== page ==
Times they are a changing. This is as true today as when first sung by famous singer-songwriter Bob Dylan in 1961.

It certainly is the case with recruitment.

There’s much to consider when searching for top talent. Are your recruitment techniques modern and relevant or old-fashioned and behind-the-times?

The answer is all-important given the competitive employment market, with organisations jockeying for the best candidates and the working world undergoing seismic shifts.

Best-practice recruitment strategies don’t solely focus on what your organisation can get out of the job market. They focus on what you offer candidates.

This expert article, Part 1, explores some on-trend recruitment techniques. Stay tuned for Part 2.

Does your recruitment strategy cover culture?

While many employers don’t see culture as a recruitment “technique”, a strong company identity is critical in pitching yourself to candidates. More candidates want to work for an organisation with a well-developed culture that aligns with their values. Candidates are also keen on organisations that are environmentally aware, community minded and good corporate citizens.

Candidates look for evidence of your culture when researching you online. If your recruitment promotional material—job specifications, interview questions and online presence—don’t highlight your culture, you could be missing out. Also leverage branding on your website, LinkedIn and social media. The next generation of candidates especially wants visual evidence of your company’s personality and professionalism.

Are you thinking laterally about skills?

Traditionally, employers have concentrated on hard skills when recruiting. If they need someone who designs blue widgets, they only consider resumes that specify “specialist in designing blue widgets”. Today, it’s critical to also look for valuable soft skills.

The same is true of transferable skills. Candidates with these skills can be quickly trained. They also offer fresh perspectives and add richness to organisations.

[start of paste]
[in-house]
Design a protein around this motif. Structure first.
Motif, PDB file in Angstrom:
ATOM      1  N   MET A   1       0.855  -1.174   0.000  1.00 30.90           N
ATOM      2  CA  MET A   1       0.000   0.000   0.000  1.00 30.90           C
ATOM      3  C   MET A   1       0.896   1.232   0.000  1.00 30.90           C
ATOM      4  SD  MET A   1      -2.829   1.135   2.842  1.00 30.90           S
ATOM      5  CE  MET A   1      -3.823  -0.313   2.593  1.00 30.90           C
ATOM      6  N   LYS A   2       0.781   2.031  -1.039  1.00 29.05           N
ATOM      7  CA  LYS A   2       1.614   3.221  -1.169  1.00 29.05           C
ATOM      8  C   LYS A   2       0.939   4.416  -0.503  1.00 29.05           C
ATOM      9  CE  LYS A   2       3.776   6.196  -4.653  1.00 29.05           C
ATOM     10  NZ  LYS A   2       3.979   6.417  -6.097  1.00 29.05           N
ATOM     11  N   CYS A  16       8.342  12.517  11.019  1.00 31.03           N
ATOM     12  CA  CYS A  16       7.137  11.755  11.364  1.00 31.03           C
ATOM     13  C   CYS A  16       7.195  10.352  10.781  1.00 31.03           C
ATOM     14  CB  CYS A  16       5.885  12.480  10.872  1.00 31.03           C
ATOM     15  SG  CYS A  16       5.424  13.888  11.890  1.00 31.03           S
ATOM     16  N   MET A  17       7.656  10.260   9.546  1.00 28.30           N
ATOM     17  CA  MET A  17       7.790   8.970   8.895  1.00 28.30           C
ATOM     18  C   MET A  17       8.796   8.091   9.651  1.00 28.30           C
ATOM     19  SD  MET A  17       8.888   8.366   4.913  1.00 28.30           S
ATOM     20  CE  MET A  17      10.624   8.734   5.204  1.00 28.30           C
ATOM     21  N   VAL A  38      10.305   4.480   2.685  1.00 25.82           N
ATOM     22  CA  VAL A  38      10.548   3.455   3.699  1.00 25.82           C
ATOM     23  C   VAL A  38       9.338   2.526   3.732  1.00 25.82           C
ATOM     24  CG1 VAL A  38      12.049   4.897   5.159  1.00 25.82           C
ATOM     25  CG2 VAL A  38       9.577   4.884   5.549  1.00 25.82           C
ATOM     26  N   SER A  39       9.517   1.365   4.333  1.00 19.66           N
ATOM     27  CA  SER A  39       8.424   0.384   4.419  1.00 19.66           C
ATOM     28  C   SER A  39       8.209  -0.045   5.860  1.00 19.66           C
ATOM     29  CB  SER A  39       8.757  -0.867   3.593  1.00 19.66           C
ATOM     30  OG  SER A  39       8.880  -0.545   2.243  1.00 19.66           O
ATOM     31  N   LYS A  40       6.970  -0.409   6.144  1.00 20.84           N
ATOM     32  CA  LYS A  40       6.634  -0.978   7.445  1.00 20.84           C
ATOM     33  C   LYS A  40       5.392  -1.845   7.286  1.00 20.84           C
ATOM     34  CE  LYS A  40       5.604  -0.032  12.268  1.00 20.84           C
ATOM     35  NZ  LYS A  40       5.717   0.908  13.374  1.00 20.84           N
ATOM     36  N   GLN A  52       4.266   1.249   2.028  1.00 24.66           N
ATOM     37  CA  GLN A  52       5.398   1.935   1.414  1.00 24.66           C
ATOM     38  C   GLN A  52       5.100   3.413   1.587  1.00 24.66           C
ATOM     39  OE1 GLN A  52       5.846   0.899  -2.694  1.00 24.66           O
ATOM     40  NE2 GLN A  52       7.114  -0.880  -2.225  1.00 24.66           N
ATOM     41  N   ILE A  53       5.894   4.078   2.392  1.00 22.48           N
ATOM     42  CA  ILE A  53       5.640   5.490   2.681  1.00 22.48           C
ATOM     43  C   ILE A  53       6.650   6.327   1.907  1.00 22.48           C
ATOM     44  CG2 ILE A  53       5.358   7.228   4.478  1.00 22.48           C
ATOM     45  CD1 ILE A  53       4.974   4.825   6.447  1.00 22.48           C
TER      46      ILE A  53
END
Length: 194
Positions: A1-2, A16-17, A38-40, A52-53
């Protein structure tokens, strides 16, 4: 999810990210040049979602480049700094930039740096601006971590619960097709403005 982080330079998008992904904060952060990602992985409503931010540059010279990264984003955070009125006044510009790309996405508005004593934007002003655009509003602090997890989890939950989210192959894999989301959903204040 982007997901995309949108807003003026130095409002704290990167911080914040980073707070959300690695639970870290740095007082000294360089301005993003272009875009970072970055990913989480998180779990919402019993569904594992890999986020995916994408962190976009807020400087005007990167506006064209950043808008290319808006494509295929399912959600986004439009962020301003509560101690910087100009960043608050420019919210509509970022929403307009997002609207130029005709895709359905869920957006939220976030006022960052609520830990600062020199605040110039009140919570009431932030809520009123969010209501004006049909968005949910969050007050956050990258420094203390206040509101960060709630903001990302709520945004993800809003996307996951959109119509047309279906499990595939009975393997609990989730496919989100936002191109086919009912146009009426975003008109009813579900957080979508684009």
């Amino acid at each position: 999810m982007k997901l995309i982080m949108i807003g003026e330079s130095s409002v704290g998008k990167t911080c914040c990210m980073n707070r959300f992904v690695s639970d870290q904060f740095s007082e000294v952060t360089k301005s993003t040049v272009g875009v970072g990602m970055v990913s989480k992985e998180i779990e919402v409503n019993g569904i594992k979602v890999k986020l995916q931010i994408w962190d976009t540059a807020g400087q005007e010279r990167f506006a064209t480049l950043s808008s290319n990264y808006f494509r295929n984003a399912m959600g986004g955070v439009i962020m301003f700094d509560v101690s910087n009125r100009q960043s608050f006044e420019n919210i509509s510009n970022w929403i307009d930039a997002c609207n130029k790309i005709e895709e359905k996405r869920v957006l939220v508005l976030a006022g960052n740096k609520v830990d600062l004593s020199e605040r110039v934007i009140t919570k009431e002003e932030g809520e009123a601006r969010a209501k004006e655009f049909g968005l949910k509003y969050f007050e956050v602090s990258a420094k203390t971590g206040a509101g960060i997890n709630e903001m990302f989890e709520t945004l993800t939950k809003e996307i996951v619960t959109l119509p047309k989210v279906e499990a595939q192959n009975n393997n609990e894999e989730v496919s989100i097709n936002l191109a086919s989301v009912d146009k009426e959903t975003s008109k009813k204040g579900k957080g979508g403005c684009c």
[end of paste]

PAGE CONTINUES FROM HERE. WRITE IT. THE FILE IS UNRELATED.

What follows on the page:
Do you think like an employee?

To attract the best talent, consider how employees think and what they want. Highlight these in your recruitment approaches.

Top 10 reasons employees will stay with you (besides $)

Work perks employees will love

The Great Resignation

Are you on top of trends?

If you’re recruitment strategy doesn’t cover trends, you’re being too narrow minded in your talent search.

Consider that more Baby Boomers are retiring and while more GenZ and Millennials are in or entering the market, there aren’t enough to fill all gaps. What are your succession plans?

Your recruitment strategy should also incorporate shifts towards:

  • automation
  • increased remote working
  • increased desire for workplace hybrid models
  • the rising gig economy with more people working on short-term contracts.

Do you rule out mature workers?

Mature workers offer a great deal, yet many employers ignore this demographic.

The Department of Education, Skills and Employment’s website states that “a work culture that supports older workers can lead to improved productivity, competitiveness and client satisfaction.”

Benefits of hiring mature age workers

Do you first aim to recruit internally?

Many organisations automatically recruit externally even though internal recruitment can be effective, faster and more economical. It also:

  1. guarantees you’re filling vacant positions with people who already understand your company
  2. shows employees your commitment to their career growth.

Do you have an employee referral program?

An employee referral program can be powerful in attracting fresh, energetic and capable candidates. Why not reward employees for referring top candidates? This can cut costs and open doors to candidates.

Is your recruitment process efficient and cost-effective?

Technology is increasingly important in recruiting, saving organisations time and money. This even includes interviewing by way of artificial intelligence (AI).

More businesses are using AI-powered interviews to cherry pick candidates before listing top ones for “human interview”. This software may not be cost-effective for all organisations, but for large ones it’s worth exploring.

Are you up on the latest interview techniques?

Although widely used, interviewing is often poorly executed. Some interview questions are outdated. Some are even illegal.

A quality recruitment company will guide you on the latest interview questions, including the need to:

  1. build in enough questions and time to really get to know candidates
  2. tailor questions to each position
  3. cover what candidates want from you and why they chose to apply
  4. ask for evidence to back what candidates are saying
  5. ask about soft skills, not just hard skills
  6. use behavioural questions

Final tip

The recruitment dynamic has shifted. Today, candidates are interviewing organisations just as much as organisations are interviewing them. If you’re not prepared and professional, you’re losing out on top talent.